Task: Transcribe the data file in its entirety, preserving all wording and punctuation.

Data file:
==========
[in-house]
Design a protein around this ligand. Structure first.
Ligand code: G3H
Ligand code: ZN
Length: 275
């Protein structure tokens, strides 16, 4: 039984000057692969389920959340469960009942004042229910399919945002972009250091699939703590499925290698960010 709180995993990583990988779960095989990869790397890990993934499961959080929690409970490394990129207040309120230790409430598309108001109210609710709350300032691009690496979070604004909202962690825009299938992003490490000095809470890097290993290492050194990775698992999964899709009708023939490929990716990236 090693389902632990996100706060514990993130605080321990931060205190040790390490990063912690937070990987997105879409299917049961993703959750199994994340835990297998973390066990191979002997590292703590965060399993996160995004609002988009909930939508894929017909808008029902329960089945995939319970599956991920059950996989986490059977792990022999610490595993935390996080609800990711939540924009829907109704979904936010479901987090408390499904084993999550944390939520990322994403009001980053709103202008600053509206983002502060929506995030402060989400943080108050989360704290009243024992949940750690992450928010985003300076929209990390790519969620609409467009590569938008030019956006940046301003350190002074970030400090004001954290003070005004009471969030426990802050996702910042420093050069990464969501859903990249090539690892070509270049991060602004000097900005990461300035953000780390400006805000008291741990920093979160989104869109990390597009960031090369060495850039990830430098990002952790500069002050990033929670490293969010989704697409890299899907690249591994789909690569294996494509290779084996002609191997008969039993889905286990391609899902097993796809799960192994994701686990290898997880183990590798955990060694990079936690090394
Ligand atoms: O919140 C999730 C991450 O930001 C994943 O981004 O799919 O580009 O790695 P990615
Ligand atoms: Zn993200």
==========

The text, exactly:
[in-house]
Design a protein around this ligand. Structure first.
Ligand code: G3H
Ligand code: ZN
Length: 275
């Protein structure tokens, strides 16, 4: 039984000057692969389920959340469960009942004042229910399919945002972009250091699939703590499925290698960010 709180995993990583990988779960095989990869790397890990993934499961959080929690409970490394990129207040309120230790409430598309108001109210609710709350300032691009690496979070604004909202962690825009299938992003490490000095809470890097290993290492050194990775698992999964899709009708023939490929990716990236 090693389902632990996100706060514990993130605080321990931060205190040790390490990063912690937070990987997105879409299917049961993703959750199994994340835990297998973390066990191979002997590292703590965060399993996160995004609002988009909930939508894929017909808008029902329960089945995939319970599956991920059950996989986490059977792990022999610490595993935390996080609800990711939540924009829907109704979904936010479901987090408390499904084993999550944390939520990322994403009001980053709103202008600053509206983002502060929506995030402060989400943080108050989360704290009243024992949940750690992450928010985003300076929209990390790519969620609409467009590569938008030019956006940046301003350190002074970030400090004001954290003070005004009471969030426990802050996702910042420093050069990464969501859903990249090539690892070509270049991060602004000097900005990461300035953000780390400006805000008291741990920093979160989104869109990390597009960031090369060495850039990830430098990002952790500069002050990033929670490293969010989704697409890299899907690249591994789909690569294996494509290779084996002609191997008969039993889905286990391609899902097993796809799960192994994701686990290898997880183990590798955990060694990079936690090394
Ligand atoms: O919140 C999730 C991450 O930001 C994943 O981004 O799919 O580009 O790695 P990615
Ligand atoms: Zn993200």